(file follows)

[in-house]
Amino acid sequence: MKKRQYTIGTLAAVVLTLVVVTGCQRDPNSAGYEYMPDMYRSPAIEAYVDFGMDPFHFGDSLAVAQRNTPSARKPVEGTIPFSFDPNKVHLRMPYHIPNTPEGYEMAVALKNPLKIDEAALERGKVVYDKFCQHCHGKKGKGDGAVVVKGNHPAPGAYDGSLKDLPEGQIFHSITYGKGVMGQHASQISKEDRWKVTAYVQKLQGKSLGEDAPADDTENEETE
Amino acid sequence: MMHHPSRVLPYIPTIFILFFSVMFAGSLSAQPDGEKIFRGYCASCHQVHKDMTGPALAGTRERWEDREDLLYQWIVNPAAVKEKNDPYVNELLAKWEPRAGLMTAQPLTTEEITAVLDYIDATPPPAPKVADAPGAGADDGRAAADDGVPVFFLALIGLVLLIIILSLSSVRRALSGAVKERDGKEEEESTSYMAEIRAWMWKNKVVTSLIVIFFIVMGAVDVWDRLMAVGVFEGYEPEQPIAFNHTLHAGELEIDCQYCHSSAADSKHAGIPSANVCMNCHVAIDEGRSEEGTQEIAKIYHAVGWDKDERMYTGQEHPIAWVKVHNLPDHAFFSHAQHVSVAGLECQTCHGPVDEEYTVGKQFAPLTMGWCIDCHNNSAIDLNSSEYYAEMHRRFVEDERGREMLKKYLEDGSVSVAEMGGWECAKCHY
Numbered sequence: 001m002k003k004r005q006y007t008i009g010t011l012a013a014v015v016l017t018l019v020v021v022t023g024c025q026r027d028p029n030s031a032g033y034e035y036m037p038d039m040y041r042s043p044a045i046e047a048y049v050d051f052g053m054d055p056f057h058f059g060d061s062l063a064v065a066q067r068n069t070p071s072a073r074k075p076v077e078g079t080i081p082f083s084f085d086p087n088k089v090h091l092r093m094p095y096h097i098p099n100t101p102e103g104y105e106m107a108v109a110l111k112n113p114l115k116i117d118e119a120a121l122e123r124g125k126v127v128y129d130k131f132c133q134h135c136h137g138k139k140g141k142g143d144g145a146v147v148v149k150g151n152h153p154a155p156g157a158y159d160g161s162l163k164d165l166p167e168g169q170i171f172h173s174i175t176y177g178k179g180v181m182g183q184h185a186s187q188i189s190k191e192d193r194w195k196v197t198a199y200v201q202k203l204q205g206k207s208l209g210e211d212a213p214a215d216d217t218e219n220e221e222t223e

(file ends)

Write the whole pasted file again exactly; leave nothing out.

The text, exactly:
[in-house]
Amino acid sequence: MKKRQYTIGTLAAVVLTLVVVTGCQRDPNSAGYEYMPDMYRSPAIEAYVDFGMDPFHFGDSLAVAQRNTPSARKPVEGTIPFSFDPNKVHLRMPYHIPNTPEGYEMAVALKNPLKIDEAALERGKVVYDKFCQHCHGKKGKGDGAVVVKGNHPAPGAYDGSLKDLPEGQIFHSITYGKGVMGQHASQISKEDRWKVTAYVQKLQGKSLGEDAPADDTENEETE
Amino acid sequence: MMHHPSRVLPYIPTIFILFFSVMFAGSLSAQPDGEKIFRGYCASCHQVHKDMTGPALAGTRERWEDREDLLYQWIVNPAAVKEKNDPYVNELLAKWEPRAGLMTAQPLTTEEITAVLDYIDATPPPAPKVADAPGAGADDGRAAADDGVPVFFLALIGLVLLIIILSLSSVRRALSGAVKERDGKEEEESTSYMAEIRAWMWKNKVVTSLIVIFFIVMGAVDVWDRLMAVGVFEGYEPEQPIAFNHTLHAGELEIDCQYCHSSAADSKHAGIPSANVCMNCHVAIDEGRSEEGTQEIAKIYHAVGWDKDERMYTGQEHPIAWVKVHNLPDHAFFSHAQHVSVAGLECQTCHGPVDEEYTVGKQFAPLTMGWCIDCHNNSAIDLNSSEYYAEMHRRFVEDERGREMLKKYLEDGSVSVAEMGGWECAKCHY
Numbered sequence: 001m002k003k004r005q006y007t008i009g010t011l012a013a014v015v016l017t018l019v020v021v022t023g024c025q026r027d028p029n030s031a032g033y034e035y036m037p038d039m040y041r042s043p044a045i046e047a048y049v050d051f052g053m054d055p056f057h058f059g060d061s062l063a064v065a066q067r068n069t070p071s072a073r074k075p076v077e078g079t080i081p082f083s084f085d086p087n088k089v090h091l092r093m094p095y096h097i098p099n100t101p102e103g104y105e106m107a108v109a110l111k112n113p114l115k116i117d118e119a120a121l122e123r124g125k126v127v128y129d130k131f132c133q134h135c136h137g138k139k140g141k142g143d144g145a146v147v148v149k150g151n152h153p154a155p156g157a158y159d160g161s162l163k164d165l166p167e168g169q170i171f172h173s174i175t176y177g178k179g180v181m182g183q184h185a186s187q188i189s190k191e192d193r194w195k196v197t198a199y200v201q202k203l204q205g206k207s208l209g210e211d212a213p214a215d216d217t218e219n220e221e222t223e